we have some overseas customers who engage in LED lighting and electronics, they need many kinds of metal casing/housing which they can assemble all electronics components in, they always require that the stamping case must look like one part, no any gap or space at the four sides,further, their design is the four sides have to be straight in line and round chamfer like R1, firstly,we considered to make them with deep drawn stamping, unforunately, the four sides is very sharp, if deep drawn,there
I want to know what engineers call a mechanical system which is basically made of two parts;
1- a shaft with screw threads on it.
2- a hollow tube with screw threads on the inside wall matching threads on the shaft.
And when the shaft is turning the hollow tube moves to and fro.
Or maybe you know a link.
I appreciate your help.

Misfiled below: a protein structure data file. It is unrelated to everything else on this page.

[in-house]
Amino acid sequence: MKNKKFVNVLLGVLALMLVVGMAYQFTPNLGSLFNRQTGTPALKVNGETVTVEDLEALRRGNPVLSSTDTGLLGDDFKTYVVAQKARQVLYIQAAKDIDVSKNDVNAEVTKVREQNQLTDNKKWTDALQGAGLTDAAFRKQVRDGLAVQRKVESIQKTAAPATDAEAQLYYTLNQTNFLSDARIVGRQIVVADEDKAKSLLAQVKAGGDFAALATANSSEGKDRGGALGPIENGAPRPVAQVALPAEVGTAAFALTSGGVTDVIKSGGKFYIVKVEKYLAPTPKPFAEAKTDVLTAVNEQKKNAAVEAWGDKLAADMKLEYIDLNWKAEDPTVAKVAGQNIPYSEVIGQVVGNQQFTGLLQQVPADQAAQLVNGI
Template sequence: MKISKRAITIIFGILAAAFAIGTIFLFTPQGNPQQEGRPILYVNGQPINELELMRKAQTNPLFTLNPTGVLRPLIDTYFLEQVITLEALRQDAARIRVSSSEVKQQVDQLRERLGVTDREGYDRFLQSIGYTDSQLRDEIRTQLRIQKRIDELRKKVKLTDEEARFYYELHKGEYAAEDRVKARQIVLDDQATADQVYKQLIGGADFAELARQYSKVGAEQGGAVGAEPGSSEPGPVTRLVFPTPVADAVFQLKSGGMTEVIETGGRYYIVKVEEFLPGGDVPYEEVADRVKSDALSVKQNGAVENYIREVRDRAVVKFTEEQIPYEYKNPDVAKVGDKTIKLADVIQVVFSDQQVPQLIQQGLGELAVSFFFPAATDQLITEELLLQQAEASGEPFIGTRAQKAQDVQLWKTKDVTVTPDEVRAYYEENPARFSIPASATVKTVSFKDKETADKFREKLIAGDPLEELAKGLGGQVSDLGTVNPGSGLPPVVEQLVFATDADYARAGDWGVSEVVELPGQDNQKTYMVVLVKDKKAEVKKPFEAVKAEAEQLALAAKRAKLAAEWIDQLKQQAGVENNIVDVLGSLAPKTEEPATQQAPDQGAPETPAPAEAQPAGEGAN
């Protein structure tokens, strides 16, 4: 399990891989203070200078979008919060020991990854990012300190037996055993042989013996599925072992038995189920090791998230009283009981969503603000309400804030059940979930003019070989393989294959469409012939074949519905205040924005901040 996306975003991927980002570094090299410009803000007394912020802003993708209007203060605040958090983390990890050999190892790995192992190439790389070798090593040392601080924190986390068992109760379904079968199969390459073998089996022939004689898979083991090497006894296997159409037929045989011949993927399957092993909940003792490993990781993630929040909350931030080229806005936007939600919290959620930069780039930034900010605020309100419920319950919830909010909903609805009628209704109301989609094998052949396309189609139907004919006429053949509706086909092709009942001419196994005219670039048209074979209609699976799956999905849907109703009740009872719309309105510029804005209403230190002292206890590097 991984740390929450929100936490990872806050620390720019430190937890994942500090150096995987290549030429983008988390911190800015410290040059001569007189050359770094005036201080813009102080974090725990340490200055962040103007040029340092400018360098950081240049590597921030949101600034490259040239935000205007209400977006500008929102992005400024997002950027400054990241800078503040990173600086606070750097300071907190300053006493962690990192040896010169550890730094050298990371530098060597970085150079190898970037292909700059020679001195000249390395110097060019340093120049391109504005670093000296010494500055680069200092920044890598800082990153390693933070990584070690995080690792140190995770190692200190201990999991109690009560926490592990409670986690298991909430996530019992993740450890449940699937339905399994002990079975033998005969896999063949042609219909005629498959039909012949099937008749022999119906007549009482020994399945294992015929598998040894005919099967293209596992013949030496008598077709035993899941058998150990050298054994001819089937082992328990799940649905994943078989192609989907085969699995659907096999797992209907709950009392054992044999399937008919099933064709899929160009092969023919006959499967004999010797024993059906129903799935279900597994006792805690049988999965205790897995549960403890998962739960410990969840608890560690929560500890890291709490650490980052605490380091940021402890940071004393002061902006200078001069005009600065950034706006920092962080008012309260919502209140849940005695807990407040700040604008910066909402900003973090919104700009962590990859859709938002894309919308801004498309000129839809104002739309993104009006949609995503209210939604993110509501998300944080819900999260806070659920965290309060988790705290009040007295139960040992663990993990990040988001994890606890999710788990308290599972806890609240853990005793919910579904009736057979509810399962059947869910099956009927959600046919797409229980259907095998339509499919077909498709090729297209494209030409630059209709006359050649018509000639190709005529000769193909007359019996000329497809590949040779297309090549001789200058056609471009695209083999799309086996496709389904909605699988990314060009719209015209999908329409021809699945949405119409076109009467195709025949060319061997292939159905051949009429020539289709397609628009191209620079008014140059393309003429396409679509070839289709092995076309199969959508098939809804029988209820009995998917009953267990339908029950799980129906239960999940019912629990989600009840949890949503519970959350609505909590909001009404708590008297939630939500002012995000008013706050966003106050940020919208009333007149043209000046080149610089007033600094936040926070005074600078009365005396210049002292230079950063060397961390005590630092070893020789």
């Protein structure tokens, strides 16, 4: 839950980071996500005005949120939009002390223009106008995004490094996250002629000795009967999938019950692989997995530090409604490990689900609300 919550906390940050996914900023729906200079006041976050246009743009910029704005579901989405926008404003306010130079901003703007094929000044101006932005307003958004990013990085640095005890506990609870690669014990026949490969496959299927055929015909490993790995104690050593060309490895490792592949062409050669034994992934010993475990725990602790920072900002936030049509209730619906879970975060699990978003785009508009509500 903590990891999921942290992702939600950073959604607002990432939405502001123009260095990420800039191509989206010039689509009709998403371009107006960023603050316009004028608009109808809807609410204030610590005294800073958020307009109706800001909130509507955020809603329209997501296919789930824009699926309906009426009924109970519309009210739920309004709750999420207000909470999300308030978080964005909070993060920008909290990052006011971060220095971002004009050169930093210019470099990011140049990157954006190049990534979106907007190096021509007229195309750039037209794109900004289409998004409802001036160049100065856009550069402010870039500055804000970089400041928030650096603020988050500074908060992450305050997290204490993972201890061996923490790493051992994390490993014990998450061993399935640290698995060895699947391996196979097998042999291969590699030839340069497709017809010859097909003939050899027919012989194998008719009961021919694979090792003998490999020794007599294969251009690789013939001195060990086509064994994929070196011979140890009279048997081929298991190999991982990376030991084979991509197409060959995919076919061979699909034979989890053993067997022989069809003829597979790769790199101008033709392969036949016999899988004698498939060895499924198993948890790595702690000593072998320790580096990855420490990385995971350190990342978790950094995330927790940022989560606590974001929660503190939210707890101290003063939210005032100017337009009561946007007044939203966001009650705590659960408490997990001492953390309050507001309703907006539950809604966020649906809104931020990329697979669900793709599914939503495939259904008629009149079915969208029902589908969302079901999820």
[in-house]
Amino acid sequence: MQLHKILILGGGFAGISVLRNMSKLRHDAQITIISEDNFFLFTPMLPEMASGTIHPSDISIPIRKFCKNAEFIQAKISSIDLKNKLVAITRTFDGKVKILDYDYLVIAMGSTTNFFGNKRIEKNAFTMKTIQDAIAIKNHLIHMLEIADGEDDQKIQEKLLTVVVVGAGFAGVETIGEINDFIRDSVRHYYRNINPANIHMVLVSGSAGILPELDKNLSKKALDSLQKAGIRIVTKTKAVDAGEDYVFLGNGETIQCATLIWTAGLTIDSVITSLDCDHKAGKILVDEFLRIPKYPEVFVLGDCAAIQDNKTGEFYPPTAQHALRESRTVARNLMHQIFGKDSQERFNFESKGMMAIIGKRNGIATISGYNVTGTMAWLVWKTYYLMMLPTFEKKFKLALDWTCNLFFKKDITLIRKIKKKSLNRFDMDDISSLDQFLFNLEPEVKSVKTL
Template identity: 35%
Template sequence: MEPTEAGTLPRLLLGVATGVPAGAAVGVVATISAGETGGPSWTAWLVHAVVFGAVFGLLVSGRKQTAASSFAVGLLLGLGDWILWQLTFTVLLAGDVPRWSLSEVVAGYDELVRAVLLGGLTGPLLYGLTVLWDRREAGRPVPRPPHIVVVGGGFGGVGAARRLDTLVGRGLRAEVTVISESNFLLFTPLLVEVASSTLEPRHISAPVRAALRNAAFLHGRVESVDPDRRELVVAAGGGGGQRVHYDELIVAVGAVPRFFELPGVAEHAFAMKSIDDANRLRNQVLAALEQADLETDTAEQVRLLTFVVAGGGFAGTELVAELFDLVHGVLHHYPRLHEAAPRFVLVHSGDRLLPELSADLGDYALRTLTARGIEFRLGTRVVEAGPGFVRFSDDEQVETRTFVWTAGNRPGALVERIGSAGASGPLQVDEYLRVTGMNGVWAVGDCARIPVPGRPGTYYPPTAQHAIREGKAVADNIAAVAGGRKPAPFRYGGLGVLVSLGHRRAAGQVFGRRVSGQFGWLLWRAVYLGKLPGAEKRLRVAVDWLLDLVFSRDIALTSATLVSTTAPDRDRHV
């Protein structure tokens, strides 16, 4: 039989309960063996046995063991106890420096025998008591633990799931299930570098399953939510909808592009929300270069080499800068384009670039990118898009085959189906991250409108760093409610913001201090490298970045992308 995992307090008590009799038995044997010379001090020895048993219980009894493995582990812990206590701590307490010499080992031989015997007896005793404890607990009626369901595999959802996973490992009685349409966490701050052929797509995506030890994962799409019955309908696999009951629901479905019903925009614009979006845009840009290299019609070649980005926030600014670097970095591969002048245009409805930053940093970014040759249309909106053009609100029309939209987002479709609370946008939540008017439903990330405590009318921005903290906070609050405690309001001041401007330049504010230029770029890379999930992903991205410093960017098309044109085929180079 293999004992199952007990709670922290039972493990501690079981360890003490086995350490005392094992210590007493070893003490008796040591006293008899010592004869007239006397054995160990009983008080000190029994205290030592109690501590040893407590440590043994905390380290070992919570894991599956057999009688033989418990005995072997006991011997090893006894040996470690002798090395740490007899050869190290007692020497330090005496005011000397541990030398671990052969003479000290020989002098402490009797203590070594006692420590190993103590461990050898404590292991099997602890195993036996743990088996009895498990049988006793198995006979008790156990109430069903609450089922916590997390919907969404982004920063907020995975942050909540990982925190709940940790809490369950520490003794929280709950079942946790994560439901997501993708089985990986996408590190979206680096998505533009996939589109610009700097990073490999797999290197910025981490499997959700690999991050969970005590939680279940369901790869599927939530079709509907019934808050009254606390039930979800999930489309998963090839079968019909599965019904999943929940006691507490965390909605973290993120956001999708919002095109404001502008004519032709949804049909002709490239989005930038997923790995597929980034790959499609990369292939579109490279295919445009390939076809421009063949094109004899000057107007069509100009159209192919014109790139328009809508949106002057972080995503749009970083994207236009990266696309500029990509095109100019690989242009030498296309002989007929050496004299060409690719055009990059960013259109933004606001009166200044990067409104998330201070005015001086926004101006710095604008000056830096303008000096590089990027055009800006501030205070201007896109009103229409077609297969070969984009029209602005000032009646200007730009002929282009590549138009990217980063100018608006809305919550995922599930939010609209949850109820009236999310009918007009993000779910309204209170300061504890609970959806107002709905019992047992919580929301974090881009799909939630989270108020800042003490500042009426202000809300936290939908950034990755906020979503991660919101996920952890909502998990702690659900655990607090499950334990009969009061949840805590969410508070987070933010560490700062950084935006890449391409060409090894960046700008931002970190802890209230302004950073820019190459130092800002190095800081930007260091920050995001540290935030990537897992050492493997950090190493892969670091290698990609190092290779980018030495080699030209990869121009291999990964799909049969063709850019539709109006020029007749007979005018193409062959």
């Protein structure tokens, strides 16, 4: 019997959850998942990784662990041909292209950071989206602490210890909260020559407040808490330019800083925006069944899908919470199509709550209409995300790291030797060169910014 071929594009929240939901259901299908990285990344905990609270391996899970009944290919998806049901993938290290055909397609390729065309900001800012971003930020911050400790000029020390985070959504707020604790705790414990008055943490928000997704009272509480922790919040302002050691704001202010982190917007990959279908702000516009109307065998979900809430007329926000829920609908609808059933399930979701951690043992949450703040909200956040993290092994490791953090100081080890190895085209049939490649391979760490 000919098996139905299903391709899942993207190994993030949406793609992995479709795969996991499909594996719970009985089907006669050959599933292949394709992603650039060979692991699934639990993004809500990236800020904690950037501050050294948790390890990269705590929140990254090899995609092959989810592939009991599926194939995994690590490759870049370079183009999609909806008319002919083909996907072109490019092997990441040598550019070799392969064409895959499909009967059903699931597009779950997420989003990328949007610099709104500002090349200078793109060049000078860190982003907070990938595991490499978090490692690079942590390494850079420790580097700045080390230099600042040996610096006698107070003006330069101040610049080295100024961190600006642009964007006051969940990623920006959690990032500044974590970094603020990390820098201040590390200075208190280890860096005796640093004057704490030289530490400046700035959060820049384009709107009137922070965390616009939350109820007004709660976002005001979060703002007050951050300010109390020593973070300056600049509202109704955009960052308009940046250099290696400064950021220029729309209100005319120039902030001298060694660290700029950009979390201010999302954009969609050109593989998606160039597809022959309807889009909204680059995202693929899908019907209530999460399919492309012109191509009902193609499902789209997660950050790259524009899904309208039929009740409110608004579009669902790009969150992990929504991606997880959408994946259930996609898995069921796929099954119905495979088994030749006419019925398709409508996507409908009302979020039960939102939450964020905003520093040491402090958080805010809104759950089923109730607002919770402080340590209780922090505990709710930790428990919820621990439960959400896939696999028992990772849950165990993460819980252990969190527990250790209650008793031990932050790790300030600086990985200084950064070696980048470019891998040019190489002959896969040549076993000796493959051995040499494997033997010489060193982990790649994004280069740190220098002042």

In mechanical design, symmetry is a powerful tool. The need for radial, spherical or even bilateral symmetry rose with the early machines invented because of many reasons:
-Easy inertia's study and achievement.
-Easy manufacturing process.
-Easy modeling and analysis.
Symmetry can be observed in nature at a big scale as well. If our environnement contributes to the shaping of our ideas and concepts, there is no denying to how much symmetry
I have often been described as a talkative person. It's not that I love my fits of verbal diarrhea, but the need to be as specific as possible and to give as many details as I can leads me to either speak in paragraphs or use a particular vocabulary. In the mean time, I require precision when listening or taking in information.
It's mainly because I'm aware of the error range within transmission and exchange. It's inescapable. In my mind's eye therefore, the narrower I can make the
Updated 5th Oct '14 at 13:05 by Khadija Ouajjani
Express if any ideas u people have